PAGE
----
A finding that has significant implications for the treatment of heart and kidney disorders was reported by the McGowan Institute faculty member David Vorp, PhD, associate professor of surgery and bioengineering, University of Pittsburgh School of Medicine.
Team leader Vorp and fellow investigators have engineered artificial blood vessels from muscle-derived stem cells (MDSC) and a biodegradable polymer that exhibit extensive remodeling and remain free of blockages when grafted into rats. They developed their vascular graft by “bulk seeding,” or spraying, MDSCs inside a biodegradable porous, tubular polyester urethane scaffold using a rotational vacuum seeding device.
After culturing their vascular constructs for 7 days, the investigators then implanted them in the abdominal aortas of rats 8 weeks before performing tests to determine how well the grafts had performed. The cell-seeded constructs showed a significantly higher blockage-free rate than unseeded controls (55 percent versus 0 percent). In addition, at 8 weeks, there was an extensive remodeling of the MDSC-seeded polymer by surrounding tissue, exhibiting tissue formation that is consistent with a mature artery.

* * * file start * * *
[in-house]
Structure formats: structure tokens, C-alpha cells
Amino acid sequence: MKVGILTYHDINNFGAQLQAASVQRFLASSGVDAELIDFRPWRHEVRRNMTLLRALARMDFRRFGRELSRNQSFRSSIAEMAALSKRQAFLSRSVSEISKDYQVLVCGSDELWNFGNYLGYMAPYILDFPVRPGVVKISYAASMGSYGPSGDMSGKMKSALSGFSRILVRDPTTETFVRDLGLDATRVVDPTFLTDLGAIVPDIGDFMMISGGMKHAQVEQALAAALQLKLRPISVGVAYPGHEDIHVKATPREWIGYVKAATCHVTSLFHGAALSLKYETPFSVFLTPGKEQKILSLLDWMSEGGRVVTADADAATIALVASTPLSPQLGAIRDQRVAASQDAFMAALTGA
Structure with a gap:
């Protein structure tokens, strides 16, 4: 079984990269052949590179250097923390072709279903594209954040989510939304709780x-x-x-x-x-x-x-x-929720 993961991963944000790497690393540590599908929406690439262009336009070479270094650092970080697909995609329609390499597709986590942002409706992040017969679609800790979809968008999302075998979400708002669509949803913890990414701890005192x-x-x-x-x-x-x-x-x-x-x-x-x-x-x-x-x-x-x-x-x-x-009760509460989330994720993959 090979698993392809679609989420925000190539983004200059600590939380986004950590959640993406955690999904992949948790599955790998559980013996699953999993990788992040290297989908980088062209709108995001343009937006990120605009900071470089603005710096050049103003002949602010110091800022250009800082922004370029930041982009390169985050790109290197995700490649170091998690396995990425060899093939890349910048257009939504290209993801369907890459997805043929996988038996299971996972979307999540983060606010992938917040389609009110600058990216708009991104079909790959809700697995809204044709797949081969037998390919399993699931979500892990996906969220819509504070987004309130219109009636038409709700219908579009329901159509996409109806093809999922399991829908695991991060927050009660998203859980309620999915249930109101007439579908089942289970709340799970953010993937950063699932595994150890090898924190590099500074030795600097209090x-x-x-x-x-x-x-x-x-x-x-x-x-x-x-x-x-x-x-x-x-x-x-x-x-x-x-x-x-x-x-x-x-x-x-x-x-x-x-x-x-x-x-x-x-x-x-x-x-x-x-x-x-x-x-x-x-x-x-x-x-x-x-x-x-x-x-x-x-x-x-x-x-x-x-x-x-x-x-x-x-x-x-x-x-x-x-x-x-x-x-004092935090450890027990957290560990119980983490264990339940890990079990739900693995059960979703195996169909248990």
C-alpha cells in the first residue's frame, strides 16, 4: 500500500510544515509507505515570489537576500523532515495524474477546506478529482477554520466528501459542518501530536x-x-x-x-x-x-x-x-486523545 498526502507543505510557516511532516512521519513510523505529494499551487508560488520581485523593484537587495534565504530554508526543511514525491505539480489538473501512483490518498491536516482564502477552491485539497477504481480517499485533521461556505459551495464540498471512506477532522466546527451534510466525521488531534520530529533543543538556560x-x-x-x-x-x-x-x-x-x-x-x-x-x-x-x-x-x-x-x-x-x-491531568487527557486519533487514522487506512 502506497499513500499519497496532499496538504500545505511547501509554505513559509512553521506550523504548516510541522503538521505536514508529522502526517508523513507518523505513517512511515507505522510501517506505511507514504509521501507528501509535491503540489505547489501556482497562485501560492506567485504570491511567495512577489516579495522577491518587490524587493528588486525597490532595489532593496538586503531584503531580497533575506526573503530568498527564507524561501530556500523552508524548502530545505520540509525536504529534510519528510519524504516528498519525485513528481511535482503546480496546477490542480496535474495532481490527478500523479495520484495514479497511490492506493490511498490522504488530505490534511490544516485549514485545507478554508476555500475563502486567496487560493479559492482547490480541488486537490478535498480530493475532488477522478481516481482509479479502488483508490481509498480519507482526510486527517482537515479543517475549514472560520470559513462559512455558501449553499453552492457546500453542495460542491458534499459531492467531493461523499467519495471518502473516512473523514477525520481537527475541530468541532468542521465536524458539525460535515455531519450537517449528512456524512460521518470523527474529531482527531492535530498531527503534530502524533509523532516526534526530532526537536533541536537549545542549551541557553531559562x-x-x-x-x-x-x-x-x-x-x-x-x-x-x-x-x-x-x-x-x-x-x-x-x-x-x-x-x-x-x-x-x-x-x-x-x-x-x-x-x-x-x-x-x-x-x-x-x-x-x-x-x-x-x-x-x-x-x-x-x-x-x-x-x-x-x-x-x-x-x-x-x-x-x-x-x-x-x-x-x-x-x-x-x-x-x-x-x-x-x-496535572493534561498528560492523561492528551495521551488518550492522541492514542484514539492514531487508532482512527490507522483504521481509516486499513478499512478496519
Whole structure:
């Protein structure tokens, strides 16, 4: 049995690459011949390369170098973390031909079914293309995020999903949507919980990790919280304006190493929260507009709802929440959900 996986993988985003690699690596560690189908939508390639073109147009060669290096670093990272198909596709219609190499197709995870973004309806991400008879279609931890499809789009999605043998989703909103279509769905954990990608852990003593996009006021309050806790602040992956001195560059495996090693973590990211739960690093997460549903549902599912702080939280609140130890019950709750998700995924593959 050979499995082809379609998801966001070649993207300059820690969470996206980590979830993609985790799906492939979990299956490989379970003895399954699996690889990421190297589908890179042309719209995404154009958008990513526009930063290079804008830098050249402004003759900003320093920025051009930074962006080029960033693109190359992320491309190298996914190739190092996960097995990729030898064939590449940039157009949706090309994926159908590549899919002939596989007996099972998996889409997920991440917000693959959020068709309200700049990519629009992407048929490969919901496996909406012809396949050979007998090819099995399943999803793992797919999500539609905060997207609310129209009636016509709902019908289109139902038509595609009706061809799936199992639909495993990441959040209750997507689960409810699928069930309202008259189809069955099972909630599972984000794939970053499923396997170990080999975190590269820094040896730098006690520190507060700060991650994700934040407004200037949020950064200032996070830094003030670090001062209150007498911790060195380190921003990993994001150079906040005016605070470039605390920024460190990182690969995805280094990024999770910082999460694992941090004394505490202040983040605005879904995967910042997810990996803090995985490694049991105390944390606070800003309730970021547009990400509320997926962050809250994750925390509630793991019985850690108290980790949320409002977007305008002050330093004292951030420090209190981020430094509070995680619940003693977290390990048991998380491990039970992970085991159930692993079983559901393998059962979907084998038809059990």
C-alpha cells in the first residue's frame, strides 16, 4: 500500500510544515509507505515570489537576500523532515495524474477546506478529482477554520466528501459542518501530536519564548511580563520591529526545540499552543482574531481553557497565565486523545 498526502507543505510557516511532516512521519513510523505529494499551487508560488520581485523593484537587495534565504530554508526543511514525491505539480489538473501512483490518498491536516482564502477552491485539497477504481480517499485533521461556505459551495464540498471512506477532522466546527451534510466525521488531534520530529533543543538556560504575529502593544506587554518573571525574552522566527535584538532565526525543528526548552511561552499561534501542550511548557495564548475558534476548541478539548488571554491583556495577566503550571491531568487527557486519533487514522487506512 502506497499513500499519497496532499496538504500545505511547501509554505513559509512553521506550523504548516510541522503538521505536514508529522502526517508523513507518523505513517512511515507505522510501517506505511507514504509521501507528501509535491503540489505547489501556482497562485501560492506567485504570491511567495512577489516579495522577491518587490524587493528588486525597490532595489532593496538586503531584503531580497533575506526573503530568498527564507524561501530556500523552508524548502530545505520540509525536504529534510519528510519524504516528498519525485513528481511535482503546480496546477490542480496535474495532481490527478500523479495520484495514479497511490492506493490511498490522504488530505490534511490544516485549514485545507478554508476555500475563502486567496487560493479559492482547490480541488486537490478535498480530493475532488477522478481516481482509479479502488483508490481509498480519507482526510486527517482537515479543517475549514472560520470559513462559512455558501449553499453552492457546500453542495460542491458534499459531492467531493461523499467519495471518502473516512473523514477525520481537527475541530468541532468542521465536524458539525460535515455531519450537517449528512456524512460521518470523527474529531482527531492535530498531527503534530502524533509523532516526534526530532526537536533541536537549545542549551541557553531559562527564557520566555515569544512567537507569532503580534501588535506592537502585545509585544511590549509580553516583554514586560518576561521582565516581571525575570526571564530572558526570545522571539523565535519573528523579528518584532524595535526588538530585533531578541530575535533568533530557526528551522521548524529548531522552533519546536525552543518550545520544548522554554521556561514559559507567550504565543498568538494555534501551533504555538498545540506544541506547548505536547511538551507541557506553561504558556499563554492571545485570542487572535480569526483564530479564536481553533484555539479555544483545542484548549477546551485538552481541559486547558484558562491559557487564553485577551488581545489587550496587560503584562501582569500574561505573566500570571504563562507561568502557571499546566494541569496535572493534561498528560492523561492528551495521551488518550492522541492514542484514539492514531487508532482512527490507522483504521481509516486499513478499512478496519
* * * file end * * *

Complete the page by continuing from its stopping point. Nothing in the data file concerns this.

According to Dr. Vorp, these findings in a rat demonstrate the feasibility of developing MDSC-seeded tissue-engineered vascular grafts for eventual human application. “The next step is to demonstrate the use of the tissue-engineered blood vessel in a larger animal model, such as a pig, which has a coagulation system more similar to that in humans. The advantage of our approach is that the graft could utilize the patient’s own stem cells and be ready for implantation almost immediately or, at most, after a relatively short culture period. This suggests that we could make these available ‘off-the-shelf,’ which is an essential element for clinical translation,” he explained.
Illustration: McGowan Institute for Regenerative Medicine.